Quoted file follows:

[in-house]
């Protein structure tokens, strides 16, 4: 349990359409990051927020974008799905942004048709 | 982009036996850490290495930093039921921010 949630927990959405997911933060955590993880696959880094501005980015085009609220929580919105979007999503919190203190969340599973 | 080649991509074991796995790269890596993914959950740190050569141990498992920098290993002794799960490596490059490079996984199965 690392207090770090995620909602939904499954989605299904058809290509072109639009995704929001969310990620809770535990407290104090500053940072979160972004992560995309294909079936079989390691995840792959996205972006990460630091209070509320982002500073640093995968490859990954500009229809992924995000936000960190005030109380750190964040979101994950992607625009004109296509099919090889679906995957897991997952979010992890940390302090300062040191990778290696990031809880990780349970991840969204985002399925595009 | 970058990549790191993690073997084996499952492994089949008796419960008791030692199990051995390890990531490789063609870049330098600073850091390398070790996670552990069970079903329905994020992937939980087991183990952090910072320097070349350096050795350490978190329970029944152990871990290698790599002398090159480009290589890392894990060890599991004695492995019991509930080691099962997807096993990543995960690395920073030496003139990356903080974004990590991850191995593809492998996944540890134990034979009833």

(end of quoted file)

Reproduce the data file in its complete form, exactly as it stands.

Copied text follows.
[in-house]
């Protein structure tokens, strides 16, 4: 349990359409990051927020974008799905942004048709 | 982009036996850490290495930093039921921010 949630927990959405997911933060955590993880696959880094501005980015085009609220929580919105979007999503919190203190969340599973 | 080649991509074991796995790269890596993914959950740190050569141990498992920098290993002794799960490596490059490079996984199965 690392207090770090995620909602939904499954989605299904058809290509072109639009995704929001969310990620809770535990407290104090500053940072979160972004992560995309294909079936079989390691995840792959996205972006990460630091209070509320982002500073640093995968490859990954500009229809992924995000936000960190005030109380750190964040979101994950992607625009004109296509099919090889679906995957897991997952979010992890940390302090300062040191990778290696990031809880990780349970991840969204985002399925595009 | 970058990549790191993690073997084996499952492994089949008796419960008791030692199990051995390890990531490789063609870049330098600073850091390398070790996670552990069970079903329905994020992937939980087991183990952090910072320097070349350096050795350490978190329970029944152990871990290698790599002398090159480009290589890392894990060890599991004695492995019991509930080691099962997807096993990543995960690395920073030496003139990356903080974004990590991850191995593809492998996944540890134990034979009833």